Millions of people use mobile and desktop apps every day–usually without thinking about the behind-the-scenes work that went into creating them. And though users certainly notice when a bug makes it through and negatively impacts their experience, not many people stop to think about how nice it is when an app isn’t buggy.
Habits of successful software testers
The unsung heroes who work to make sure you don’t ever think about them: app testers. They’re the people who put an app through various challenges before it’s released, in order to identify potential vulnerabilities or features that don’t work properly.
Interested in becoming an app tester? Here are a few tips for doing it successfully.
1. Keep user experience at front-of-mind.
The best testers think like users, envisioning all possible scenarios that could occur. What will potential users want from the app? How will they use it? Will anything confuse them? Is there anything they could do that would “break” the app? Answering these questions first is important for a successful app test.
Ragu Masilamany, Vice President of Network Virtualization at Amdocs, notes that this isn’t always easy. “Imagining the user’s experience is especially challenging when developing new types of products that do not have established usage patterns or a defined user population,” he says. However, he continues, “Those who aspire to be software testers need to be able to imagine how the product will be used and the perceived user experience.”
2. Design your tests to fail.
In school, nobody wants to take a test they’re meant to fail. App testing is a whole different story. The harder the test is to pass, the more effective it will be at rooting out weaknesses.
Leo Laskin, senior solutions architect at Sauce Labs, says, “Don’t get upset or lose excitement when something you’ve been coding for a while does not work. In fact, design tests to fail. This will help ensure you’ve attempted to eliminate all bugs and problems when your product is released.”
Titus Fortner, fellow senior solutions architect at Sauce Labs, says to design the test in such a way that it imparts useful information whatever the outcome: “Make sure that any test written gives valuable information both when it passes and when it fails.”
3. Keep tests small but more frequent.
There’s no need to create long, complicated tests. Smaller tests can be just as effective, and they make it easier to actually test while the app is still being developed (and adjust accordingly) rather than waiting for it to be done. Laskin says, “Keep tests small. After you’ve written code, it means time to test. Don’t think you have to run a large elaborate test every time. Keeping tests small allows a quick turn around and gives you more time to focus on creating code.”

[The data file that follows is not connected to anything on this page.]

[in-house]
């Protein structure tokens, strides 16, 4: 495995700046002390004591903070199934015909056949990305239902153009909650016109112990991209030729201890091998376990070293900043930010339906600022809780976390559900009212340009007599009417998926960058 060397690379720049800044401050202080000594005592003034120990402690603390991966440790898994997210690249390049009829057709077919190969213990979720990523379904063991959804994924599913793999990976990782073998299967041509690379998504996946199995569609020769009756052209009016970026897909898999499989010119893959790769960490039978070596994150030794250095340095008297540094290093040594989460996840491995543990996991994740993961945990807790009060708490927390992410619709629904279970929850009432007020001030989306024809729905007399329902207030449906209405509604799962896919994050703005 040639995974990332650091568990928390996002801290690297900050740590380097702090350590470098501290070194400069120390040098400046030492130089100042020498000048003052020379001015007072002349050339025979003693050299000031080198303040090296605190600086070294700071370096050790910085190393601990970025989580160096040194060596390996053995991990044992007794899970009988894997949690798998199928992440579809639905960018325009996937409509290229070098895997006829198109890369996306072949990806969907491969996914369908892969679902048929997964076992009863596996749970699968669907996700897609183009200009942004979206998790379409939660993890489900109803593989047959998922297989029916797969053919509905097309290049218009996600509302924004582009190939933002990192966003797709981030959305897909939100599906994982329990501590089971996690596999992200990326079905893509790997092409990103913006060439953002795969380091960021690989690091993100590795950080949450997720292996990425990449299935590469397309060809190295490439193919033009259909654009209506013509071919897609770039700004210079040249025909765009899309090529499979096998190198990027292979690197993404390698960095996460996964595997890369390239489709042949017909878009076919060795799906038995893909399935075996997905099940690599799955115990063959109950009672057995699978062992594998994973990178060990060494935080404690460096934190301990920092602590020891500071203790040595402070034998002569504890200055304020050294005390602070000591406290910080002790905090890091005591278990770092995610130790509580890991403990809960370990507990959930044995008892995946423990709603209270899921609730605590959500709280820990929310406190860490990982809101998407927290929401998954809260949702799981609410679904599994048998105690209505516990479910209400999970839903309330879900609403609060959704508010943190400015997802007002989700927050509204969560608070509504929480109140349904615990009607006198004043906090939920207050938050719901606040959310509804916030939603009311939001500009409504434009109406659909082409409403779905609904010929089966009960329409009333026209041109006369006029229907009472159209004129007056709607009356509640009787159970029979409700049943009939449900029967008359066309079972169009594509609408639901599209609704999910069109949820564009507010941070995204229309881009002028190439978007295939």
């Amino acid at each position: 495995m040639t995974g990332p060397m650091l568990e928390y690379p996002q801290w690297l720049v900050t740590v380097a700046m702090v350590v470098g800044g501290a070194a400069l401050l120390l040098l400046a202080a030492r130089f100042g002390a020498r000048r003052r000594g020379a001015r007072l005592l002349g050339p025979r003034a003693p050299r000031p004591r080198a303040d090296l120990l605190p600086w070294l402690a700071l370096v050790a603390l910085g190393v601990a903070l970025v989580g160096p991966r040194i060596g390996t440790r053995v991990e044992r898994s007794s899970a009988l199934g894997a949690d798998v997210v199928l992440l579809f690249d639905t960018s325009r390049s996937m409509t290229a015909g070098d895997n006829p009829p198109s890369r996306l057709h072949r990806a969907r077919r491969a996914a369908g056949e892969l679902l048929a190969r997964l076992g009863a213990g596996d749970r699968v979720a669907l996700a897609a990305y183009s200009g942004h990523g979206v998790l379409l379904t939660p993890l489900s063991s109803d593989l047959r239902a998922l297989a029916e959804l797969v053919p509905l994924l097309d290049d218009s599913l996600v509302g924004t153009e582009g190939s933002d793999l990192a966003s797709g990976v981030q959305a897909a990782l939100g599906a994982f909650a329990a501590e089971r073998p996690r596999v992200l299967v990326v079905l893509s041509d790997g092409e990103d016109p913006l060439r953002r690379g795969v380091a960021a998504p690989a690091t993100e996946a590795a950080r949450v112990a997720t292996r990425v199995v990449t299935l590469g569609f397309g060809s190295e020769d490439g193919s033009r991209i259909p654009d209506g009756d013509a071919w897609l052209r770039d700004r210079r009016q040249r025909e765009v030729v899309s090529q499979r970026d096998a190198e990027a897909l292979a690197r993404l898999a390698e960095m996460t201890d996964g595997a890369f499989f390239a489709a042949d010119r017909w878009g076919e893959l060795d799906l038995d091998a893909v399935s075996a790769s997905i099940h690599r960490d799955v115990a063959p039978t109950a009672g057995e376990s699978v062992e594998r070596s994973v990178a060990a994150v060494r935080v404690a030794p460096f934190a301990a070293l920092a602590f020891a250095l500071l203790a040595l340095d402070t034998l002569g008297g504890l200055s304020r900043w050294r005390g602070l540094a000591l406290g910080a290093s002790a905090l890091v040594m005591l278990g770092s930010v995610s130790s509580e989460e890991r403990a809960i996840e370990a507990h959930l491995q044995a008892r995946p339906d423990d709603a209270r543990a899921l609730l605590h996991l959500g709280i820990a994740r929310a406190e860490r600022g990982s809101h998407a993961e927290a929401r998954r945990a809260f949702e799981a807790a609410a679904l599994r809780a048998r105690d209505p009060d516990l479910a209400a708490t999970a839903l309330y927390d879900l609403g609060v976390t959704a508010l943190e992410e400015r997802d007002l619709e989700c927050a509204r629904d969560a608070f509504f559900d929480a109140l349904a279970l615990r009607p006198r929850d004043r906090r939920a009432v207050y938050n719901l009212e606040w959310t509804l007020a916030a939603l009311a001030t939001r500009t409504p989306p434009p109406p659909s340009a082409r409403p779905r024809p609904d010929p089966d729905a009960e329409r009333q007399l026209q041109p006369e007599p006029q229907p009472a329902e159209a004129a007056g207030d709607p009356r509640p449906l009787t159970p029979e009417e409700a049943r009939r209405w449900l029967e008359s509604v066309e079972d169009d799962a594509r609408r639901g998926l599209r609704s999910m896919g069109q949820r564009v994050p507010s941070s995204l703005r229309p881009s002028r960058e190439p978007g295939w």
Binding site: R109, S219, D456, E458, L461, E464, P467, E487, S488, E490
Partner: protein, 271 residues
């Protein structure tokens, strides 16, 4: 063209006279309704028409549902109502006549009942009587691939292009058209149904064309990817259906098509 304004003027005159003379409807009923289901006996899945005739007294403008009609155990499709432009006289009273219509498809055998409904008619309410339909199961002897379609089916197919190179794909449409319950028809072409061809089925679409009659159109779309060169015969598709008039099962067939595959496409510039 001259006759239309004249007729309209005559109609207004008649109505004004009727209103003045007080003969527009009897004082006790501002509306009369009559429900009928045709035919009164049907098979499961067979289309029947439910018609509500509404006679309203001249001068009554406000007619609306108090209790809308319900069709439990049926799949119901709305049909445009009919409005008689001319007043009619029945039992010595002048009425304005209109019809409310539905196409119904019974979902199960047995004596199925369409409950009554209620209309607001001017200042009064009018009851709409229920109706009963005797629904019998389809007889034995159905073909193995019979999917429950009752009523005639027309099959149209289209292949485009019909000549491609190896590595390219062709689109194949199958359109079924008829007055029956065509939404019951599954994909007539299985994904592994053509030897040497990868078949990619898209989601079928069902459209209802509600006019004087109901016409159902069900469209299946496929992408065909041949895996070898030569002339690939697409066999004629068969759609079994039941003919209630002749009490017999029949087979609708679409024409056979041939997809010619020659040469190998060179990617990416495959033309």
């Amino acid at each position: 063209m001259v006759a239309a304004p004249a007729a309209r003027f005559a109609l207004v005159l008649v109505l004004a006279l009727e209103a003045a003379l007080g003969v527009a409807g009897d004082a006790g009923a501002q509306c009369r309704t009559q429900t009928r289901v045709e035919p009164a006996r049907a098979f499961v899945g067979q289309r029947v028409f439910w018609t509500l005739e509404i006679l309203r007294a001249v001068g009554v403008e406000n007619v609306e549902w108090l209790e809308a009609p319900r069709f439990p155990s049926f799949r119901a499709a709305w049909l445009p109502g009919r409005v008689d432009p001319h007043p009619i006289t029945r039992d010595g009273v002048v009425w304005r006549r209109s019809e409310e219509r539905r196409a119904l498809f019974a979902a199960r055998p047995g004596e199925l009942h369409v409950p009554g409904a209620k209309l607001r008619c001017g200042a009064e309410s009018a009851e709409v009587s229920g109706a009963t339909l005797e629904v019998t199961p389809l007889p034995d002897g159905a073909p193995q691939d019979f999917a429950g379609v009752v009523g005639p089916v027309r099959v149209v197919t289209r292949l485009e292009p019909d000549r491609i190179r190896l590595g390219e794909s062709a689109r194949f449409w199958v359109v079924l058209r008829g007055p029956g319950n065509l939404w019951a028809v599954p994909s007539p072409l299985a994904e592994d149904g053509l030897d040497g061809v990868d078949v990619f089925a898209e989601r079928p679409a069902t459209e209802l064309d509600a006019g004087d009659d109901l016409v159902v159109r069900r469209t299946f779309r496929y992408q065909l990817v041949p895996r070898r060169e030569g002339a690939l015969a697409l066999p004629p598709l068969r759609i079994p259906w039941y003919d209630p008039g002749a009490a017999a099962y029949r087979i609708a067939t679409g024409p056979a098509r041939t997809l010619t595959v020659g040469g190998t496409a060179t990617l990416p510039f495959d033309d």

4. Automate testing when possible.
If frequent app testing is required at a company, automation can save a lot of time and work. Many teams are already adopting this process. “Recent software development practices are adopting a high degree of automation, using robots to test software products,” explains Masilamany. “As a result, software testers not only need to identify ‘sunny day’ and ‘rainy day’ scenarios to test; they also need to develop the software that automates these test scenarios so that the product can be tested by machines many, many times during the development and quality assurance phases for the best results.”
Laskin agrees with the benefits of automation: “Today, automated testing can provide speed and efficiency and test a variety of scenarios quickly. The ease of automated testing also means that beginner developers can learn to execute and master tests without expert knowledge.”
A few of Laskin’s tips for successful automatic tests: “When writing automated tests, keep them small so that they run quickly–you want to be able to provide results to your teams as fast as possible. Align with your developers and confirm they’re on board with writing code that is optimized for automated testing.”
However, Fortner notes that not every test can (or should) be automated. “Be judicious in what and how you decide to automate,” he says. “Automated tests should be short, focused and repeatable.”